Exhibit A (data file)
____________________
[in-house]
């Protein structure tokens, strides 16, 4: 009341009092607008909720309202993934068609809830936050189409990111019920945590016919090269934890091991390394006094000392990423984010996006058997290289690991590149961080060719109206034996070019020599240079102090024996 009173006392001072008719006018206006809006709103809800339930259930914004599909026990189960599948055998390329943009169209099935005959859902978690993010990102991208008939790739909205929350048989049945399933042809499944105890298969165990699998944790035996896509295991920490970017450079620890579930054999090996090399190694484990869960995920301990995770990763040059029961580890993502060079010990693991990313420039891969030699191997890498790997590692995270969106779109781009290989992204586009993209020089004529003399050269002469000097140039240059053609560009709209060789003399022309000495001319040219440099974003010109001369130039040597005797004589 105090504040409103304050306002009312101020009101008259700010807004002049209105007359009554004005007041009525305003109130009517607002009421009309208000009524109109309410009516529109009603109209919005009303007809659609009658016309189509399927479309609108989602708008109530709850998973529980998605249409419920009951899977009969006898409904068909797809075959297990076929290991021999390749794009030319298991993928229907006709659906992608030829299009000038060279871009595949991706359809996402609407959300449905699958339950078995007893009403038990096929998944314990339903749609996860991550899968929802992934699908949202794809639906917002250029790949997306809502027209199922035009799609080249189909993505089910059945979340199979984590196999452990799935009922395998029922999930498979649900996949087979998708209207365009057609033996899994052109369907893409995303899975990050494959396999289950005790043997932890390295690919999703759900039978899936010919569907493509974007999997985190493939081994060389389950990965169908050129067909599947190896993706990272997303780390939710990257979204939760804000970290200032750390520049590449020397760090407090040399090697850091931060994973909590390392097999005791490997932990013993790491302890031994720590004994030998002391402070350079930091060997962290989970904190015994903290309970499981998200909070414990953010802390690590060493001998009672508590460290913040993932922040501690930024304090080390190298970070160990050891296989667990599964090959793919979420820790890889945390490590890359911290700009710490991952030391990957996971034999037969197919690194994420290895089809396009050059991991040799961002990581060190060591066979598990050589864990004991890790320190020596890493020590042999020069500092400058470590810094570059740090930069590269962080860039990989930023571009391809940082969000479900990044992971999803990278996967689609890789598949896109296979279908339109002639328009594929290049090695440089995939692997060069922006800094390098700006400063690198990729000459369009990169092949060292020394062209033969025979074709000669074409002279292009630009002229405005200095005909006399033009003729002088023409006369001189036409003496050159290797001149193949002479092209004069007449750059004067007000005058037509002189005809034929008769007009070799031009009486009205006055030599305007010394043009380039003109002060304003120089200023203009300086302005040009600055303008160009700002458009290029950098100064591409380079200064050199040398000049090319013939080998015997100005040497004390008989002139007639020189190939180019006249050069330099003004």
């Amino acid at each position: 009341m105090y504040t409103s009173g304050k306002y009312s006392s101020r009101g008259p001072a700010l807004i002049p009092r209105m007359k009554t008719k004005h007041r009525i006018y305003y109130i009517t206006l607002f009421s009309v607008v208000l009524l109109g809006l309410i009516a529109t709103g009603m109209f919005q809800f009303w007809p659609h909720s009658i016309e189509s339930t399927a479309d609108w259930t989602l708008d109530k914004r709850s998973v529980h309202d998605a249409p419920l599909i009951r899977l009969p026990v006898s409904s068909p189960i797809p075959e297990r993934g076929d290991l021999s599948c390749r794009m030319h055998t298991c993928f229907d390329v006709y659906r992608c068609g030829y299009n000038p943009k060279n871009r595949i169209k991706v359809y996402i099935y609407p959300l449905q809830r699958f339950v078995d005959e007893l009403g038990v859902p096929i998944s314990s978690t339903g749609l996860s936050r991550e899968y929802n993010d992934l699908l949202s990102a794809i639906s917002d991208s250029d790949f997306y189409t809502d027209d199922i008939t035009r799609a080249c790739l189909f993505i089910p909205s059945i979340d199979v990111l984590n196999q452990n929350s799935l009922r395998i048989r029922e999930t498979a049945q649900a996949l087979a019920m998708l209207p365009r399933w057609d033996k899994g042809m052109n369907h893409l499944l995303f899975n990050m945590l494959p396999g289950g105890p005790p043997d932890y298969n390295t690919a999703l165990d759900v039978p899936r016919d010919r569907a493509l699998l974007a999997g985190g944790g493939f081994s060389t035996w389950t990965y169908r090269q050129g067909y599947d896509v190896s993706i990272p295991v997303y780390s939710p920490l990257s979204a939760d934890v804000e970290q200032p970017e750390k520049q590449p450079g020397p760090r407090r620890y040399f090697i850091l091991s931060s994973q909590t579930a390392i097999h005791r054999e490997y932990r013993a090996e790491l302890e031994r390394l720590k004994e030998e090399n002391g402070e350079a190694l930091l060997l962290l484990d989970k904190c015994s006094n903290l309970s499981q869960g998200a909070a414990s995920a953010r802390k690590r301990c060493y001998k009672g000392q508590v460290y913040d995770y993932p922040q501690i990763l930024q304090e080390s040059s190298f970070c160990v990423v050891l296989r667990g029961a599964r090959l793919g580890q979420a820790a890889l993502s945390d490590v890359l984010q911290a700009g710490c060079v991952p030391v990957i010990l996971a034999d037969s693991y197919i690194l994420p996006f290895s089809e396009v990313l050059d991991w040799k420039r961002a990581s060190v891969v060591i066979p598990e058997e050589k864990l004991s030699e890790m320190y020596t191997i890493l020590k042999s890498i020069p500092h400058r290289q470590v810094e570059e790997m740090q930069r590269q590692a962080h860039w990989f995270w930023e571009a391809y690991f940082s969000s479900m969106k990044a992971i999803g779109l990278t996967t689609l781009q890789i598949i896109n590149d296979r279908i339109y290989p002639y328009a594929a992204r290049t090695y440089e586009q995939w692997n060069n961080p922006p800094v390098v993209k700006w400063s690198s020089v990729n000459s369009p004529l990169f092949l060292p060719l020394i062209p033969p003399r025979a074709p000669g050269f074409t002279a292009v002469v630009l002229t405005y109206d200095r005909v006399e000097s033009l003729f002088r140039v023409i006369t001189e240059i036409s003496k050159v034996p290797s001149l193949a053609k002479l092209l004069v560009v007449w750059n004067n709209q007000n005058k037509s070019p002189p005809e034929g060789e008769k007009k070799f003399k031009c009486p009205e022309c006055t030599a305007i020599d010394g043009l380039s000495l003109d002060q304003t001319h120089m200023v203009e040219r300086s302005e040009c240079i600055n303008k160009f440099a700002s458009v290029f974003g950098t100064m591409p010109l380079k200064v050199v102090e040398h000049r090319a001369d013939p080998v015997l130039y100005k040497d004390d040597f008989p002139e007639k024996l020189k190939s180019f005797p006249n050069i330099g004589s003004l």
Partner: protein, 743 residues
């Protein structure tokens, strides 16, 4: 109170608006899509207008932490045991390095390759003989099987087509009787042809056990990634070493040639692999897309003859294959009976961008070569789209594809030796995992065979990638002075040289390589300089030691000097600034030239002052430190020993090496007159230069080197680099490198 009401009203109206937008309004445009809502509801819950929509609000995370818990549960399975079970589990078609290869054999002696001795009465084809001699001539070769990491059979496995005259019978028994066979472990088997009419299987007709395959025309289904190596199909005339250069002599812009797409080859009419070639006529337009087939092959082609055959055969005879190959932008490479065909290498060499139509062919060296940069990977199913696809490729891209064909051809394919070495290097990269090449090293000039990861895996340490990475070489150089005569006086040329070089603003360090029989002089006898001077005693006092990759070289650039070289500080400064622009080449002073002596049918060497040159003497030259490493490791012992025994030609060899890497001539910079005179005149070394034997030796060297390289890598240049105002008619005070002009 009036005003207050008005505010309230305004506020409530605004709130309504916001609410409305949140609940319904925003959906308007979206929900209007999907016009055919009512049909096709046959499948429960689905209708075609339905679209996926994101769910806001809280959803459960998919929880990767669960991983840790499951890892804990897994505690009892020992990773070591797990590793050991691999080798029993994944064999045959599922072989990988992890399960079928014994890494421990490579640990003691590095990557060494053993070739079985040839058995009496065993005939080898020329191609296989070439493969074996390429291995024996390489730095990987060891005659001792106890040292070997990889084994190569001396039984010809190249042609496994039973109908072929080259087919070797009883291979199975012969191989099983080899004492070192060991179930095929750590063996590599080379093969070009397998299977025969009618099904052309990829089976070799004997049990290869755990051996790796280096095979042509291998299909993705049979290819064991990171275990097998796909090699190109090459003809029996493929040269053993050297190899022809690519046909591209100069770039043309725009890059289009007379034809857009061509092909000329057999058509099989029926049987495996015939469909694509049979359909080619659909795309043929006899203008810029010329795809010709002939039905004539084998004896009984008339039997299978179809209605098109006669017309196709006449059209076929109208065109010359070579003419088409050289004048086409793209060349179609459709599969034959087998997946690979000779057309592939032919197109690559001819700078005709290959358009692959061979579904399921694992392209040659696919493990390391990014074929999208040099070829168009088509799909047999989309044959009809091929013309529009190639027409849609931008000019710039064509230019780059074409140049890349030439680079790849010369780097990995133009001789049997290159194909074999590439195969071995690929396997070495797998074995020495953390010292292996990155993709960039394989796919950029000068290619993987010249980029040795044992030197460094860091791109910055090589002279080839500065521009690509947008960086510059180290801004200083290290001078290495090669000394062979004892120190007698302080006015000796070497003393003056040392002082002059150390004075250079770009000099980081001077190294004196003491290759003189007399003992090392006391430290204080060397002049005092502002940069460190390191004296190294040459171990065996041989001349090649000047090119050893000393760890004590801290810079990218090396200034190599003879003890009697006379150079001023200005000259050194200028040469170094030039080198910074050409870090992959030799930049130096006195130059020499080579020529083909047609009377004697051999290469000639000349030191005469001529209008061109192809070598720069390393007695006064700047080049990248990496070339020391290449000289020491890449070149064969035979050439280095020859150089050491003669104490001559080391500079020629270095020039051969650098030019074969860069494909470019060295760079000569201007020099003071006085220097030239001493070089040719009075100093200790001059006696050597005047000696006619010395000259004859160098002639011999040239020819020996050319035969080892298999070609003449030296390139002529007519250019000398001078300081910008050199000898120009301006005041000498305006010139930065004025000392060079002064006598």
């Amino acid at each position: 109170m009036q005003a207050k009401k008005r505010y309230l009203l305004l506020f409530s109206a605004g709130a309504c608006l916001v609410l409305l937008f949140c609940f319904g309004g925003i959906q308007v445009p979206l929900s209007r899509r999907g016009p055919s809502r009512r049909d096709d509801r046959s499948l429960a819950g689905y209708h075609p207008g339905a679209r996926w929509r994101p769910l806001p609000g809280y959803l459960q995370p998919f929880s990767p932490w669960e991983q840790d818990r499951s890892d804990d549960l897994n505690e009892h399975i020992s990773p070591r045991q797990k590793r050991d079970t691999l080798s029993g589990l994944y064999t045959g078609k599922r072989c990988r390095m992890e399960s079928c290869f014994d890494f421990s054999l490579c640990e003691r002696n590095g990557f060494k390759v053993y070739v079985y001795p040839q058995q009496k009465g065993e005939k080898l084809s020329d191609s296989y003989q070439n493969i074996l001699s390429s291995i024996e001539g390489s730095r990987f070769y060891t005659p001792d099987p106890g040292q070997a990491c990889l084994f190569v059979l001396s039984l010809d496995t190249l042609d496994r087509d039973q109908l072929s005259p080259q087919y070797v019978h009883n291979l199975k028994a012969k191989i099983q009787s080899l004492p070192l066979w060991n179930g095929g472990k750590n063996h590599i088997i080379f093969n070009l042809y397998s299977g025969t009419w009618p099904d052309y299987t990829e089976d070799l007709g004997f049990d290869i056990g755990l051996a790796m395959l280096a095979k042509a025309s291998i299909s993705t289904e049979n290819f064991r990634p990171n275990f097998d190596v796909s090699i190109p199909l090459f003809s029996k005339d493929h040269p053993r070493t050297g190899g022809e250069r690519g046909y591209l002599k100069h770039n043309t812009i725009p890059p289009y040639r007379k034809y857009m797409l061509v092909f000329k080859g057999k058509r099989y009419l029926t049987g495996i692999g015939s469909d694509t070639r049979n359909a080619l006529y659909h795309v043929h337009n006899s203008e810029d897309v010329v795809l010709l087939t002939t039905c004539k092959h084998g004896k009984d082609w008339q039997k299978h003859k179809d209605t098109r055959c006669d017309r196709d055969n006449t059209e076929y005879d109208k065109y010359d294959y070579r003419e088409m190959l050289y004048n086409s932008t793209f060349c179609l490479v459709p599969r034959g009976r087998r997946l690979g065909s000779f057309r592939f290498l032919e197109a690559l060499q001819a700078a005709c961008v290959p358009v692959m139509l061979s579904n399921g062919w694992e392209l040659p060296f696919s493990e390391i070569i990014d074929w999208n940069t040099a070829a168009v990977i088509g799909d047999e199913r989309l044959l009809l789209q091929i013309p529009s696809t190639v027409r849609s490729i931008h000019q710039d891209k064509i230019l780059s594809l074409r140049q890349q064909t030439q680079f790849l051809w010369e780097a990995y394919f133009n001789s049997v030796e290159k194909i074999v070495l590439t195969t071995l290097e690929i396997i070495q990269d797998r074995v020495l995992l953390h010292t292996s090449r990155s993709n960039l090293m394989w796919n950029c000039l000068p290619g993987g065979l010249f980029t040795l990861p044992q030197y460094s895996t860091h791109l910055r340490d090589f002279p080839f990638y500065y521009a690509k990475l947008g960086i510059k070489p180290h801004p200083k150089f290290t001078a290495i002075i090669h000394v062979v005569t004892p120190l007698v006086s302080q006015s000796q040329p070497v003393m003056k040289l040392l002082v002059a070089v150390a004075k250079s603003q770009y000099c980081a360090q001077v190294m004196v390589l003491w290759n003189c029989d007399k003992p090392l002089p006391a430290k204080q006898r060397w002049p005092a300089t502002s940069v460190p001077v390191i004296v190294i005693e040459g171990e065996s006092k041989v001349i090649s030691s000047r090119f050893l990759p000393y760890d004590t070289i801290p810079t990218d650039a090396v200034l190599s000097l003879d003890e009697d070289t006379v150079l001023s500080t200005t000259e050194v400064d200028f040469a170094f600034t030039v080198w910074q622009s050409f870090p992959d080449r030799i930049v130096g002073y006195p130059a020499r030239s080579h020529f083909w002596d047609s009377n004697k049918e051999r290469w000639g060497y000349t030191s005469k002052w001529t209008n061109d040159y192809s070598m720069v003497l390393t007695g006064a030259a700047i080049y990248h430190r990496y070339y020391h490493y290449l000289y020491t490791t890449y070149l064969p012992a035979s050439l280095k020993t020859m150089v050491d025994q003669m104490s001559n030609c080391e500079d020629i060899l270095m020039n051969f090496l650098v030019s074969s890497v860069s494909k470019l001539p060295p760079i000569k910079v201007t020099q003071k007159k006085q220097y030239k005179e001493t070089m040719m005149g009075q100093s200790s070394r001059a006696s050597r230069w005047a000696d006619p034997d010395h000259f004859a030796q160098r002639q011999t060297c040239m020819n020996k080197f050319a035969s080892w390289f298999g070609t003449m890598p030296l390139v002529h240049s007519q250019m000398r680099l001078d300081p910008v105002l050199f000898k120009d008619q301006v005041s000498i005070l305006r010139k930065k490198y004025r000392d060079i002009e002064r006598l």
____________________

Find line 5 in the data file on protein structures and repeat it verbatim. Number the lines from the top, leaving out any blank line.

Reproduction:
């Protein structure tokens, strides 16, 4: 109170608006899509207008932490045991390095390759003989099987087509009787042809056990990634070493040639692999897309003859294959009976961008070569789209594809030796995992065979990638002075040289390589300089030691000097600034030239002052430190020993090496007159230069080197680099490198 009401009203109206937008309004445009809502509801819950929509609000995370818990549960399975079970589990078609290869054999002696001795009465084809001699001539070769990491059979496995005259019978028994066979472990088997009419299987007709395959025309289904190596199909005339250069002599812009797409080859009419070639006529337009087939092959082609055959055969005879190959932008490479065909290498060499139509062919060296940069990977199913696809490729891209064909051809394919070495290097990269090449090293000039990861895996340490990475070489150089005569006086040329070089603003360090029989002089006898001077005693006092990759070289650039070289500080400064622009080449002073002596049918060497040159003497030259490493490791012992025994030609060899890497001539910079005179005149070394034997030796060297390289890598240049105002008619005070002009 009036005003207050008005505010309230305004506020409530605004709130309504916001609410409305949140609940319904925003959906308007979206929900209007999907016009055919009512049909096709046959499948429960689905209708075609339905679209996926994101769910806001809280959803459960998919929880990767669960991983840790499951890892804990897994505690009892020992990773070591797990590793050991691999080798029993994944064999045959599922072989990988992890399960079928014994890494421990490579640990003691590095990557060494053993070739079985040839058995009496065993005939080898020329191609296989070439493969074996390429291995024996390489730095990987060891005659001792106890040292070997990889084994190569001396039984010809190249042609496994039973109908072929080259087919070797009883291979199975012969191989099983080899004492070192060991179930095929750590063996590599080379093969070009397998299977025969009618099904052309990829089976070799004997049990290869755990051996790796280096095979042509291998299909993705049979290819064991990171275990097998796909090699190109090459003809029996493929040269053993050297190899022809690519046909591209100069770039043309725009890059289009007379034809857009061509092909000329057999058509099989029926049987495996015939469909694509049979359909080619659909795309043929006899203008810029010329795809010709002939039905004539084998004896009984008339039997299978179809209605098109006669017309196709006449059209076929109208065109010359070579003419088409050289004048086409793209060349179609459709599969034959087998997946690979000779057309592939032919197109690559001819700078005709290959358009692959061979579904399921694992392209040659696919493990390391990014074929999208040099070829168009088509799909047999989309044959009809091929013309529009190639027409849609931008000019710039064509230019780059074409140049890349030439680079790849010369780097990995133009001789049997290159194909074999590439195969071995690929396997070495797998074995020495953390010292292996990155993709960039394989796919950029000068290619993987010249980029040795044992030197460094860091791109910055090589002279080839500065521009690509947008960086510059180290801004200083290290001078290495090669000394062979004892120190007698302080006015000796070497003393003056040392002082002059150390004075250079770009000099980081001077190294004196003491290759003189007399003992090392006391430290204080060397002049005092502002940069460190390191004296190294040459171990065996041989001349090649000047090119050893000393760890004590801290810079990218090396200034190599003879003890009697006379150079001023200005000259050194200028040469170094030039080198910074050409870090992959030799930049130096006195130059020499080579020529083909047609009377004697051999290469000639000349030191005469001529209008061109192809070598720069390393007695006064700047080049990248990496070339020391290449000289020491890449070149064969035979050439280095020859150089050491003669104490001559080391500079020629270095020039051969650098030019074969860069494909470019060295760079000569201007020099003071006085220097030239001493070089040719009075100093200790001059006696050597005047000696006619010395000259004859160098002639011999040239020819020996050319035969080892298999070609003449030296390139002529007519250019000398001078300081910008050199000898120009301006005041000498305006010139930065004025000392060079002064006598």